skip to Main Content
The Different Types Of Painkillers That People Get Hooked To

How to Beat Painkiller Addiction

Key Facts:

  • More people die of opioid overdoses than cocaine and heroin abuse.
  • In America alone, 128 people die every day of overdosing on prescription painkillers.
  • 80% of people who abuse prescription pain relievers end up switching to hard opioids like heroin.

One glaring fact that many people are not aware of is that drugs used for medical purposes can be as dangerous as cocaine or heroin. If taken too frequently and in vast quantities, they can lead to serious health complications, addiction, and even death. Painkillers especially, are ones you need to be wary of.

Painkillers (opiates) are legal and can be bought over the counter, most without the need for a doctor’s note. This makes it easy for people to abuse them without being noticed. Dependency on painkillers is real.

Types of Opiates

Addictive painkillers can be classified into two broad groups: Antagonists and Agonists.

Antagonists

Antagonists are drugs that are less addictive but still posses the potential for abuse. They are usually used in the detoxification process since they mimic the more potent painkillers, but without the harsh side effects. Examples of antagonists include Naltrexone and Naloxone.

Agonists

Agonists are the highly addictive types of drugs that produce an opiate effect when taken too frequently. They are powerful and examples include Morphine and Fentanyl, two common substances that are found in most pain relievers.

Signs of Painkiller Addiction

On top of numbing pain in the body, painkillers have some unexpected side effects like feelings of euphoria, tranquility, and pleasure. Someone hooked to these will exhibit the following symptoms.

  • Switching doctors every time to avoid questions as they try to get prescription painkillers. Laws do not allow doctors to issue painkillers too frequently, so addicts devise workarounds.
  • Inability to let go of the drugs. The thing with addiction is that it controls you. People hooked on painkillers are fully aware it is hurting them, but they cannot stop.
  • Hoarding, hiding and stealing painkillers from other family members. Secrecy is important for an addict because being found out means an end to their painkiller supply.
  • Slurred speech, inability to focus, and general irritation at everything when they run low on painkillers.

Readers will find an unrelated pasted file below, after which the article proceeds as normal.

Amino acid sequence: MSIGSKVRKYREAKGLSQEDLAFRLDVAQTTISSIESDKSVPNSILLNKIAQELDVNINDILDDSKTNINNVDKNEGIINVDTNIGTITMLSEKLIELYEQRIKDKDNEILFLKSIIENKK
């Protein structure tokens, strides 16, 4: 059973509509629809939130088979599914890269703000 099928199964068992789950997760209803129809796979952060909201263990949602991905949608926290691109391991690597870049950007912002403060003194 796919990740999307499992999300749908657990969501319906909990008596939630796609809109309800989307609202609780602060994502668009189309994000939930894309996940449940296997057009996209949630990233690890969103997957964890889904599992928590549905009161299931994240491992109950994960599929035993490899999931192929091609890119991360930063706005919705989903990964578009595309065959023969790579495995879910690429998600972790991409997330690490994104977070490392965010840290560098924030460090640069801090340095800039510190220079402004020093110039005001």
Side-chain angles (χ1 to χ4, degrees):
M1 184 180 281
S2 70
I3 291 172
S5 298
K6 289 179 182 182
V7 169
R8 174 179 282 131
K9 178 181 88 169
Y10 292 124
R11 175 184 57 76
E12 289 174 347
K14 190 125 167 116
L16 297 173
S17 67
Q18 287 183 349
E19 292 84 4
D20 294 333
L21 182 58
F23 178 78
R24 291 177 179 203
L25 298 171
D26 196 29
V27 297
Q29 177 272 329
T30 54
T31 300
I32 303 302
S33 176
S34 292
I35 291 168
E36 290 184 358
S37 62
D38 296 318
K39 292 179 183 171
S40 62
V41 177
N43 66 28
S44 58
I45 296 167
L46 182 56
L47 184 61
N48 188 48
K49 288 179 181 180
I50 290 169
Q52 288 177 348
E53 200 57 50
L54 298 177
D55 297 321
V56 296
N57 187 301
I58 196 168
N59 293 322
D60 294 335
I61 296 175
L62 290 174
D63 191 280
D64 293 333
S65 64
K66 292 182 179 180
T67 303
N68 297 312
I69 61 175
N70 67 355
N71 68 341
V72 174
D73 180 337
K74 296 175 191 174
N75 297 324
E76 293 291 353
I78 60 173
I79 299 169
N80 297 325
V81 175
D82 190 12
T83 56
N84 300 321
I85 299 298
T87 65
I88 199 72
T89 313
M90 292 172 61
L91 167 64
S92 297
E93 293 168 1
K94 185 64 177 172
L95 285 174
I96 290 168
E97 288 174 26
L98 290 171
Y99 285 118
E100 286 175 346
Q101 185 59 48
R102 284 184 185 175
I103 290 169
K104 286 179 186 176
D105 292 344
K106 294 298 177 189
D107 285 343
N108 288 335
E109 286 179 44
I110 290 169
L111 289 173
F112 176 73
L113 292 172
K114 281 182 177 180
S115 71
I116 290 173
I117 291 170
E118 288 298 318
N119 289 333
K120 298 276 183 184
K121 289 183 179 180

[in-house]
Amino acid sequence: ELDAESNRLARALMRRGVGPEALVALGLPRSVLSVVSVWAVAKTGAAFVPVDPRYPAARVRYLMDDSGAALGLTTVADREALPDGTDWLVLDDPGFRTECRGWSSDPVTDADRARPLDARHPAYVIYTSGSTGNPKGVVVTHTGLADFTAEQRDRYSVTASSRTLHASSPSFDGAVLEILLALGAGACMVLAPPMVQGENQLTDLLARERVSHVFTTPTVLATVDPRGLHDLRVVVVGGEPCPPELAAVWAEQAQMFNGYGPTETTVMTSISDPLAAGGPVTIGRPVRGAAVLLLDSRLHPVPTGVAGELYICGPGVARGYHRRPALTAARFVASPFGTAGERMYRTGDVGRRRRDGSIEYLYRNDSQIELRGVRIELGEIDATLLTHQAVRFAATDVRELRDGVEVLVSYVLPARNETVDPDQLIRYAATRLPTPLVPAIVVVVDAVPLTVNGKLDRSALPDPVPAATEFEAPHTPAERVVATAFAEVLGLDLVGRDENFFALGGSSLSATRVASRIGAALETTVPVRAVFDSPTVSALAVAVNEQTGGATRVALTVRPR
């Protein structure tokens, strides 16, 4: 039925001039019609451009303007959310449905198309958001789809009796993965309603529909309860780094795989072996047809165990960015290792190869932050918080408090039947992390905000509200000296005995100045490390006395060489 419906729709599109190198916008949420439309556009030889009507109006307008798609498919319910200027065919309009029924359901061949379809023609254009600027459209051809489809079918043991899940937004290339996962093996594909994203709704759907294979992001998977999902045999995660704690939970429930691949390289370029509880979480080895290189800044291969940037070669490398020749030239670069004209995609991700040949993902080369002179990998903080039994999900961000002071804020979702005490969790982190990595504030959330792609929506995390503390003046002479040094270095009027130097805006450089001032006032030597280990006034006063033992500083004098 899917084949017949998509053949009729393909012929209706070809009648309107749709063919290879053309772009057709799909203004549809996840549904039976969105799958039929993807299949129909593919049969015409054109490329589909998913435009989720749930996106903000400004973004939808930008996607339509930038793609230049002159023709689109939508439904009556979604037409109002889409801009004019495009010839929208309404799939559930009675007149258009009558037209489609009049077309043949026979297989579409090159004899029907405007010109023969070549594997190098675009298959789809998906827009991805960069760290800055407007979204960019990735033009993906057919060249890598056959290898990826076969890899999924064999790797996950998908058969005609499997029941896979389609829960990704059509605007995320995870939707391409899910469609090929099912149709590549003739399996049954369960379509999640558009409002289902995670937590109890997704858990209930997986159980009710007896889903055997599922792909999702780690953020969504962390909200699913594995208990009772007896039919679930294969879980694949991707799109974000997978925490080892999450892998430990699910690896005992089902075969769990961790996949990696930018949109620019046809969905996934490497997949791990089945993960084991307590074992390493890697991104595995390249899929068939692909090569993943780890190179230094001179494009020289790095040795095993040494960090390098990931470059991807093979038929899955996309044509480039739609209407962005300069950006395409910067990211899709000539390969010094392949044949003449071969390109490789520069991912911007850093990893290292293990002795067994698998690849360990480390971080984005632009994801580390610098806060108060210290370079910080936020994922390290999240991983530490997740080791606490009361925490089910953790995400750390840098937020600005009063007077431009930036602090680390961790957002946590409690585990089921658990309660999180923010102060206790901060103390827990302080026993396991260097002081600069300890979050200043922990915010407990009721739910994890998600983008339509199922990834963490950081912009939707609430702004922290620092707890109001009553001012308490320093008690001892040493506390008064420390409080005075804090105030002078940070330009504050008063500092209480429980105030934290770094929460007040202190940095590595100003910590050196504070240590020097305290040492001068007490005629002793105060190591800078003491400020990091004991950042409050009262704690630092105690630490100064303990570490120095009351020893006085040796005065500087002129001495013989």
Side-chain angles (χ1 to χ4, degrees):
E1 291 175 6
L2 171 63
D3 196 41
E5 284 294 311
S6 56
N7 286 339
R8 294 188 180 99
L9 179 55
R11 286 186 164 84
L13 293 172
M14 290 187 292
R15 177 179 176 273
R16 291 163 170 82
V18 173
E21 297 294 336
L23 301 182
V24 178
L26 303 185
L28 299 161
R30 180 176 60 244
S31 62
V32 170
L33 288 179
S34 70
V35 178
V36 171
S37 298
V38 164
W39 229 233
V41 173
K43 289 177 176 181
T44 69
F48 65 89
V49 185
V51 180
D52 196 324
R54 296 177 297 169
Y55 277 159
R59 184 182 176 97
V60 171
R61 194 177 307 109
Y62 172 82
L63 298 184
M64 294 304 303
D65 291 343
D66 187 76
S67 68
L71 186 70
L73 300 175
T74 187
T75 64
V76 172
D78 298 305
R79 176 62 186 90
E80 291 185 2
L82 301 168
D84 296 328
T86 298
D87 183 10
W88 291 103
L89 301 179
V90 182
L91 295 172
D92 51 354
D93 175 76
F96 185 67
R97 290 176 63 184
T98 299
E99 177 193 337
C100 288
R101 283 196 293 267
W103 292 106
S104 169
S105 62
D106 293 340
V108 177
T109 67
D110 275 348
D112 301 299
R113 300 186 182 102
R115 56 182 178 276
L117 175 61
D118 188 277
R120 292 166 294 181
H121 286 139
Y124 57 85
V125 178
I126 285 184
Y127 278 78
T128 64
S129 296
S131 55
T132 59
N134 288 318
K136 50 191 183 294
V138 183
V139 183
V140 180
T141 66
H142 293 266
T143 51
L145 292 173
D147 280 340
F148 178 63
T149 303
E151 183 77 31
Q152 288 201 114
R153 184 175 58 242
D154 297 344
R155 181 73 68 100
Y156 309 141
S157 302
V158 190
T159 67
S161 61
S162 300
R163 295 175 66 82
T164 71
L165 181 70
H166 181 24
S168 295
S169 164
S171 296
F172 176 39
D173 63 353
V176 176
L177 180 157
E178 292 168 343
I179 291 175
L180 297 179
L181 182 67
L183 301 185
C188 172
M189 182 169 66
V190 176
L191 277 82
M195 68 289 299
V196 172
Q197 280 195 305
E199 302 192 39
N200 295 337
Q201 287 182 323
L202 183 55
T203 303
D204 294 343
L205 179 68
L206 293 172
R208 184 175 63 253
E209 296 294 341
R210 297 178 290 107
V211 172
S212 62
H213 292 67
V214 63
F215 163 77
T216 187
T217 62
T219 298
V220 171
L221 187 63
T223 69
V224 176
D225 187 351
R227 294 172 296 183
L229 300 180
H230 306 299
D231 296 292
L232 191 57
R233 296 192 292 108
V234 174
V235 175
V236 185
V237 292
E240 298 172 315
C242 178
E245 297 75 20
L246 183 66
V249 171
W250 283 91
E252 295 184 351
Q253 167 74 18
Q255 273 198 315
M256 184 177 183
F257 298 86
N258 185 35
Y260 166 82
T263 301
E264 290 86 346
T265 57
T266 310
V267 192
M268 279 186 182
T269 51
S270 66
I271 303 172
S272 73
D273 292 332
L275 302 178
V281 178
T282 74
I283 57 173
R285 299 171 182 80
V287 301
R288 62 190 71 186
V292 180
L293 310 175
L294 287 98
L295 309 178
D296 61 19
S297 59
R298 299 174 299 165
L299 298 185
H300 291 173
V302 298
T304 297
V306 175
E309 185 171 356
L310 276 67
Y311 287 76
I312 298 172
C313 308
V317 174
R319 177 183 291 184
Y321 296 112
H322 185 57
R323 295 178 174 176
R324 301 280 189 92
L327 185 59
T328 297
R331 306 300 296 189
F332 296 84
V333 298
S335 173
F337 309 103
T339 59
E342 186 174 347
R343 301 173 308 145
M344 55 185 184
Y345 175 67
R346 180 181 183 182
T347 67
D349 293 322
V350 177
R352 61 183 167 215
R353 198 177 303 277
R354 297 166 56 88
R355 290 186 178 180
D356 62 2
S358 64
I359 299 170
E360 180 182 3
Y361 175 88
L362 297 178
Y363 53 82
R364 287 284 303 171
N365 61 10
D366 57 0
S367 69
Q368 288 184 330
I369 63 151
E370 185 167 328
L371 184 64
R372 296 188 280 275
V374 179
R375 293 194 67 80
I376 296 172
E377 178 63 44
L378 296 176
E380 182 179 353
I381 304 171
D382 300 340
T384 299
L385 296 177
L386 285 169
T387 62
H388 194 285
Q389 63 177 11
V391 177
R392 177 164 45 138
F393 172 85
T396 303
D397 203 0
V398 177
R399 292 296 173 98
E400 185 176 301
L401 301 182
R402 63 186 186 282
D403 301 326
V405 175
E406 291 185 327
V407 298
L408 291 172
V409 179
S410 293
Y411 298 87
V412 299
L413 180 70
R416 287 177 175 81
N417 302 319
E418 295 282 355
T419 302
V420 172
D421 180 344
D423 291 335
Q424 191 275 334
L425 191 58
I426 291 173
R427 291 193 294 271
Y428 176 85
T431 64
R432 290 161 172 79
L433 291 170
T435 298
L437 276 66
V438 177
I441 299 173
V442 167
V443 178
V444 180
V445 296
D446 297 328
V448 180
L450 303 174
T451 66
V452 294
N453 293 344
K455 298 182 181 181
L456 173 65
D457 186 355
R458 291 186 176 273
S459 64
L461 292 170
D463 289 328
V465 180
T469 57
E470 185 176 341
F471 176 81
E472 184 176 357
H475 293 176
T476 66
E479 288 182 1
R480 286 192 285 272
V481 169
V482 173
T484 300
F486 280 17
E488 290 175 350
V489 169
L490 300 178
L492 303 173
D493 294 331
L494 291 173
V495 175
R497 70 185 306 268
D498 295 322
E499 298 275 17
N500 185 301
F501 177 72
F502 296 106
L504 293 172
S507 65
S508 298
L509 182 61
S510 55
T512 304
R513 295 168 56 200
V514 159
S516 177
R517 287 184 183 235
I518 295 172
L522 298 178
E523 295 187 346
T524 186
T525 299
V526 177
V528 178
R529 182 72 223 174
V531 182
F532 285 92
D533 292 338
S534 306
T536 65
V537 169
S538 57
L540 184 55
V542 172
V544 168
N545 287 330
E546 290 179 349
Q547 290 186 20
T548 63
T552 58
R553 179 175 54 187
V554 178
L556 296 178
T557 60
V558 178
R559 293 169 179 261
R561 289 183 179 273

• Drowsiness and loss of balance without warning. Poor coordination and reduced motor skills.
  • Troubled breathing coupled with nausea, vomiting, lack of appetite, and impaired judgment.

So how exactly does one go about dealing with painkiller addiction? Here are some of the methods that can help turn the tides.

Coming Clean and Admitting You Have a Problem

Admitting you have an addiction problem is the first door one walks through on the path to dealing with the issue. The initiative has to come from them. Otherwise, it will feel forced and they may put up resistance.

Many painkiller addicts never realize they are hooked on them. They feel like they are addressing a need in their body, and by the time they realize they are simply feeding a craving, it is too late. The earlier you take a step towards changing yourself, the higher the chances of pulling it off.

Seek Professional Help

A Medical Professional that helps with painkiller addiction.

Painkiller addiction is as severe as any other opiate dependency, and for it to be treated, it has to go through the same hoops that hard drug abusers go through. Checking yourself into an addiction treatment program is a good start.

Under the care of qualified professionals, you will be taken care of properly with close attention to detail. Vital processes like detoxification can only be handled by doctors who understand what addictions are all about.

Given the nature of painkillers, addicts are always advised to seek professional counsel rather than try to do things on their own.

Medication-Assisted Treatment

Drugs used to counter the effects of addictive painkillers